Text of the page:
In this lesson, we will learn how the use of articles and gender can change when using nouns that refer to people. We will also learn a few common nouns related to identifying a person's profession or identity.
dentista - dentist profesor - professor or teacher artista - artist alumno - student paciente - patient compañero de clase - classmate amigo - friend madre - mother padre - father doctor - doctor
Let's talk about determining gender for words that refer to people. For a lot of titles for people, the noun for a male is different from the noun for a female. Take, "the professor" for example.
If you want to translate this to Spanish, "el profesor" would be a male professor, "la profesora" would be a female professor. "el doctor", male doctor; "la doctora", a female doctor
As you can see, the title for a female usually ends in 'a'.
This isn't always the case, though. There are some words referring to people that can be either masculine OR feminine. These words end in 'ista' or 'e'. For these words, the gender is determined by the article.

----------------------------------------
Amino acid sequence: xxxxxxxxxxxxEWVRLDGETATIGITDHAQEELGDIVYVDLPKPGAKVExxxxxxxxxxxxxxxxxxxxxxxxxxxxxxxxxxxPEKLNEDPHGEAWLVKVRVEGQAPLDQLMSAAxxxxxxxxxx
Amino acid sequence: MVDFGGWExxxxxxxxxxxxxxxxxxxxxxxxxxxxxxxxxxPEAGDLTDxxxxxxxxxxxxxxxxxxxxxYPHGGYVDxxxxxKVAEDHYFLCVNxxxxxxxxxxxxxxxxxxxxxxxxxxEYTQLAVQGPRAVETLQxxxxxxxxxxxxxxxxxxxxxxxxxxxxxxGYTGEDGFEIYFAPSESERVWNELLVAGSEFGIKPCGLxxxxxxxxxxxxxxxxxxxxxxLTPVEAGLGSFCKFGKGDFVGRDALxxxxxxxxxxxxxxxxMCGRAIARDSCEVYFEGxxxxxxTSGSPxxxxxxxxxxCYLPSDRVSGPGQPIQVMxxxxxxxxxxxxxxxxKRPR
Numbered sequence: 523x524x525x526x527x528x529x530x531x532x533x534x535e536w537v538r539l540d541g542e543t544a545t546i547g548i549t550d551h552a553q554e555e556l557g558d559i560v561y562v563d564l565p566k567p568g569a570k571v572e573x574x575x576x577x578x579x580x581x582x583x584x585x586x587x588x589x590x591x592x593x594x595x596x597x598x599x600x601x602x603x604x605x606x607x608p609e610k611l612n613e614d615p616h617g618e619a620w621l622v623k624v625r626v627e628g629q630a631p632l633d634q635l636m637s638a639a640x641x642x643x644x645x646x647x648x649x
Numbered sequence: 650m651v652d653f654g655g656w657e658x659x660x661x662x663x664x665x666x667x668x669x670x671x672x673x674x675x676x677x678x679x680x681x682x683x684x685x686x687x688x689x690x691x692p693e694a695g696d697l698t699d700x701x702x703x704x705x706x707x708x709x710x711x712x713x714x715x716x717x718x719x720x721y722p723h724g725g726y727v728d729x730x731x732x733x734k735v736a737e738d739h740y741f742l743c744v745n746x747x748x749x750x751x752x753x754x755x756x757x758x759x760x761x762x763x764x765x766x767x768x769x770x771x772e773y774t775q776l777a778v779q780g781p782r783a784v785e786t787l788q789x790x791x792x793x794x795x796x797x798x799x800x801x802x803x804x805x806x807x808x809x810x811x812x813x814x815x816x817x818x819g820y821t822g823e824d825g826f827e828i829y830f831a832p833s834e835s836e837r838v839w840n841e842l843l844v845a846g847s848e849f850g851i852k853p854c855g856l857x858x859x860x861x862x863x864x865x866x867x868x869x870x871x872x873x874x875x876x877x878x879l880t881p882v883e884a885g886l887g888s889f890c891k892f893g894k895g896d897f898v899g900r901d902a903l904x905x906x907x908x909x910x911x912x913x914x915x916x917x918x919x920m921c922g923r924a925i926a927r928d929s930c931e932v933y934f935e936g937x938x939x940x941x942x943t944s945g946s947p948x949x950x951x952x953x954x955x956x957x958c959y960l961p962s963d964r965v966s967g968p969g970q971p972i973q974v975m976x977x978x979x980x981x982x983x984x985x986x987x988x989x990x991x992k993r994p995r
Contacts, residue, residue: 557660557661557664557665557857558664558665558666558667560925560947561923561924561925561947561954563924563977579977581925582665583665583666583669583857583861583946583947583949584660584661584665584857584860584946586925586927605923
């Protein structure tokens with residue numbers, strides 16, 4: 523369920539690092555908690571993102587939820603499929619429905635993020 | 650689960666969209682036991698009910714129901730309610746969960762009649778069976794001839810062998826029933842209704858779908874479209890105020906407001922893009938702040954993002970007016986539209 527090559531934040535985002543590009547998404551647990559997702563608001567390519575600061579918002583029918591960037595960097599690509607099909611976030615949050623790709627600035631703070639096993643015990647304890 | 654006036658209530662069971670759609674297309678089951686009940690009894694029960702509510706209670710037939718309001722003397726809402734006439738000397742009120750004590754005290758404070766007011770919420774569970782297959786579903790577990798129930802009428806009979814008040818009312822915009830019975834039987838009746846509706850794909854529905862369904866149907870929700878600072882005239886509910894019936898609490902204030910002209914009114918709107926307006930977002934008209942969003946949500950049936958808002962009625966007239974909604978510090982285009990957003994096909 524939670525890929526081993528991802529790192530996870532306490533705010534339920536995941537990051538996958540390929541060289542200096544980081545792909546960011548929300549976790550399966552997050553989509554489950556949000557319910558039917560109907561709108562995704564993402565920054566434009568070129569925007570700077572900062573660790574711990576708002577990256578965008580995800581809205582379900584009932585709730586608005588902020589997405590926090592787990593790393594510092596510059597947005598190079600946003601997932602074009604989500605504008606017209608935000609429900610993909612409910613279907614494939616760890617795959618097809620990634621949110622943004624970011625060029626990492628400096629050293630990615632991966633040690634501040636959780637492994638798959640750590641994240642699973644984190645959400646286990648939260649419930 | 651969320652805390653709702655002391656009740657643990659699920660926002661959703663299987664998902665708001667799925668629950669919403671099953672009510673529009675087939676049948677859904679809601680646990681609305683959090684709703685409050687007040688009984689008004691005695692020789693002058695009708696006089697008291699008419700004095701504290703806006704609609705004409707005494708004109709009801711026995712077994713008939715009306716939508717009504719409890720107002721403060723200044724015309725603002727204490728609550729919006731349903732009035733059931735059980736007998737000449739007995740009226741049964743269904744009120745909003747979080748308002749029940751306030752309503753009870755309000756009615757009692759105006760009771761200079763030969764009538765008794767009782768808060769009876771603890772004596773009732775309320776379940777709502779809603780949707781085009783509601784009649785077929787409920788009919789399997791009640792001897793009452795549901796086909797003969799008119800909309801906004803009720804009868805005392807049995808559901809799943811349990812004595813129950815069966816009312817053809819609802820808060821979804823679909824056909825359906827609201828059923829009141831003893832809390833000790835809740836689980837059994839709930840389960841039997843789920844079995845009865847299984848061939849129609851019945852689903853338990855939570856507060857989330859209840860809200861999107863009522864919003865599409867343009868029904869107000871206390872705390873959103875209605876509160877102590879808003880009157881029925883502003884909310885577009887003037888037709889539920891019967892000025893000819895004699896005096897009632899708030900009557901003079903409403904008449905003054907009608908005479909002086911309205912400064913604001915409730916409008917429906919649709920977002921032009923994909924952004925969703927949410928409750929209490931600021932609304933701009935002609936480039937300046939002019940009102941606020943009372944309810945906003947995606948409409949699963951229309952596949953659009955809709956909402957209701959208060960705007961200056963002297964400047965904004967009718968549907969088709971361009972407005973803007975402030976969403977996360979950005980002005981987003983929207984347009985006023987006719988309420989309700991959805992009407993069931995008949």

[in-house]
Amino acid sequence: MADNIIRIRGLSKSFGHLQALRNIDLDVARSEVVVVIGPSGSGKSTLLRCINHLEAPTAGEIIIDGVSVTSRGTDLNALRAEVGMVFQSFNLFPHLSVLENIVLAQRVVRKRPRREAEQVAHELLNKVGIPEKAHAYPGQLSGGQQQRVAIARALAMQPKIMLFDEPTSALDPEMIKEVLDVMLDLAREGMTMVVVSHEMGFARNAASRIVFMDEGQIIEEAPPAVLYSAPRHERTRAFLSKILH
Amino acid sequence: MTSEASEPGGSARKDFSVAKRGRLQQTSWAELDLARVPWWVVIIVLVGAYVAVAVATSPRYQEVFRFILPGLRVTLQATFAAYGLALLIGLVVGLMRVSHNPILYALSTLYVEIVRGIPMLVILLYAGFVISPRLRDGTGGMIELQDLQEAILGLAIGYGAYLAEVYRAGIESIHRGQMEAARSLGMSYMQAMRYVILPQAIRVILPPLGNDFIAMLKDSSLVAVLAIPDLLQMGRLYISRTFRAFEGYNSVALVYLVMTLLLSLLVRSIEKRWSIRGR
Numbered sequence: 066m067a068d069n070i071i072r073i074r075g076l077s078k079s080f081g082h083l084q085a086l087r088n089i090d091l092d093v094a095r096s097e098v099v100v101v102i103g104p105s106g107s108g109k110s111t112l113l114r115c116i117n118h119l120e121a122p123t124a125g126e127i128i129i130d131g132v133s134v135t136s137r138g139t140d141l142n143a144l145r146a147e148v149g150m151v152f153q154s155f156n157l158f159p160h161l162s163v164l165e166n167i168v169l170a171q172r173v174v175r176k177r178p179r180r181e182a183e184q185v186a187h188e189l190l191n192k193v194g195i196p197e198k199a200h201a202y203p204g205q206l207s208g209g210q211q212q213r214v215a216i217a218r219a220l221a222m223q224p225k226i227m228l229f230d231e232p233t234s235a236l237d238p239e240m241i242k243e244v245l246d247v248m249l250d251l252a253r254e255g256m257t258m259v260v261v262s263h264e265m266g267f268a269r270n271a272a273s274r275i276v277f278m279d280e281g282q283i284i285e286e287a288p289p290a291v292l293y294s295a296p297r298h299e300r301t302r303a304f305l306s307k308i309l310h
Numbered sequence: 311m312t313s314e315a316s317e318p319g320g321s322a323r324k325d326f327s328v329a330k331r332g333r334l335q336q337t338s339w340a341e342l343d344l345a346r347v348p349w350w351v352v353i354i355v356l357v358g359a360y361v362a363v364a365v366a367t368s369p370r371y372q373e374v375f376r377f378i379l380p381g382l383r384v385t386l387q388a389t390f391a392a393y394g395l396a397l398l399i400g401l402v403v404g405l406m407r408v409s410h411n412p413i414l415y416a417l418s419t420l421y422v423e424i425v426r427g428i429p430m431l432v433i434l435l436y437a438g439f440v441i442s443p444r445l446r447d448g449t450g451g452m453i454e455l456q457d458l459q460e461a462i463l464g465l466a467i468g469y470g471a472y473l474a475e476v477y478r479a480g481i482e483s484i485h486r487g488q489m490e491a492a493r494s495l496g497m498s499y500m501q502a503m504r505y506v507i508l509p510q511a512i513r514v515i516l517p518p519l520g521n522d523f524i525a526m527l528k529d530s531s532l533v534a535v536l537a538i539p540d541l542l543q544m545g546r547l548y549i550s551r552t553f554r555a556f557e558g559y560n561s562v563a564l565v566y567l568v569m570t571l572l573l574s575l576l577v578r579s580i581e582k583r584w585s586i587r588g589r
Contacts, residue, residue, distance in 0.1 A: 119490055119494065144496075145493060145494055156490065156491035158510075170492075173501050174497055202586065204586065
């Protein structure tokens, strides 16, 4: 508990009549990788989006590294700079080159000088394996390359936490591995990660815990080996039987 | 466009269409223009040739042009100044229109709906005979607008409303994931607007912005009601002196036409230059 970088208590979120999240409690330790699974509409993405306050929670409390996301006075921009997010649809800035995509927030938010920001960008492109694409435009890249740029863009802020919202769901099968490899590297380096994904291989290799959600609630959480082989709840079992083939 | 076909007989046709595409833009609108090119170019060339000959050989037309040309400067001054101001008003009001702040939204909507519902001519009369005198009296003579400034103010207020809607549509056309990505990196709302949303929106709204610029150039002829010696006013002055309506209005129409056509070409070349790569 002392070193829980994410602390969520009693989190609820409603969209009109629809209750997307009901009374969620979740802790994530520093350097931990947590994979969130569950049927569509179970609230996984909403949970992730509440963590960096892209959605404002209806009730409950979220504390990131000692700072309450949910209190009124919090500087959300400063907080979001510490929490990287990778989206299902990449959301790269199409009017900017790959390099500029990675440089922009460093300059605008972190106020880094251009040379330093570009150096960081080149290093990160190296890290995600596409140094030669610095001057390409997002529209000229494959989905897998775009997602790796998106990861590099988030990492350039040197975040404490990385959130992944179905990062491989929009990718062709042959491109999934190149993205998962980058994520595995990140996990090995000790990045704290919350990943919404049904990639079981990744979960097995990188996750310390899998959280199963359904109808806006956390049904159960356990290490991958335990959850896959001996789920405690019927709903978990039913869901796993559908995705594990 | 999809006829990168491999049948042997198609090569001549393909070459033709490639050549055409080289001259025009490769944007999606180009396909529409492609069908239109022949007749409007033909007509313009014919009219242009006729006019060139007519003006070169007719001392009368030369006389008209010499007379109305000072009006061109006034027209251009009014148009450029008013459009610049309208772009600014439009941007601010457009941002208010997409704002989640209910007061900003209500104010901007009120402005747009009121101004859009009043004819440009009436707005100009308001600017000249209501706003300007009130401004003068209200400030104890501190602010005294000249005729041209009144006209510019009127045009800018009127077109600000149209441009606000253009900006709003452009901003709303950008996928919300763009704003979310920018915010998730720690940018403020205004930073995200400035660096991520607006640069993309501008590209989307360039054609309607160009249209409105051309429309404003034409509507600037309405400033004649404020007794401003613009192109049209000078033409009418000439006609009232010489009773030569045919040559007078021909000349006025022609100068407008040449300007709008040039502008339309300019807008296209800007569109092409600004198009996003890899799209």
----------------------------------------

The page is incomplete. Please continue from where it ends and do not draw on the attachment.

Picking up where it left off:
So in other words, if you put a feminine article in front; then the noun becomes feminine and you're referring to a female. If you put a masculine article in front, the noun becomes masculine.
For example, artist is 'artista' in Spanish; it doesn't matter whether you're talking about a man or a woman--it's still 'artista' with an 'a'.
Now if you want to talk about a male artist; you say "el artista"; you want to talk about a female, it's "la artista." "el dentista" would be a male dentist; "la dentista" is a female dentist "el estudiante", a male student; "la estudiante", a female student "el paciente", "la paciente"; you're talking about male or female pacients.
To review, if a noun ends in 'ista' or 'e', it's the article that determines the gender.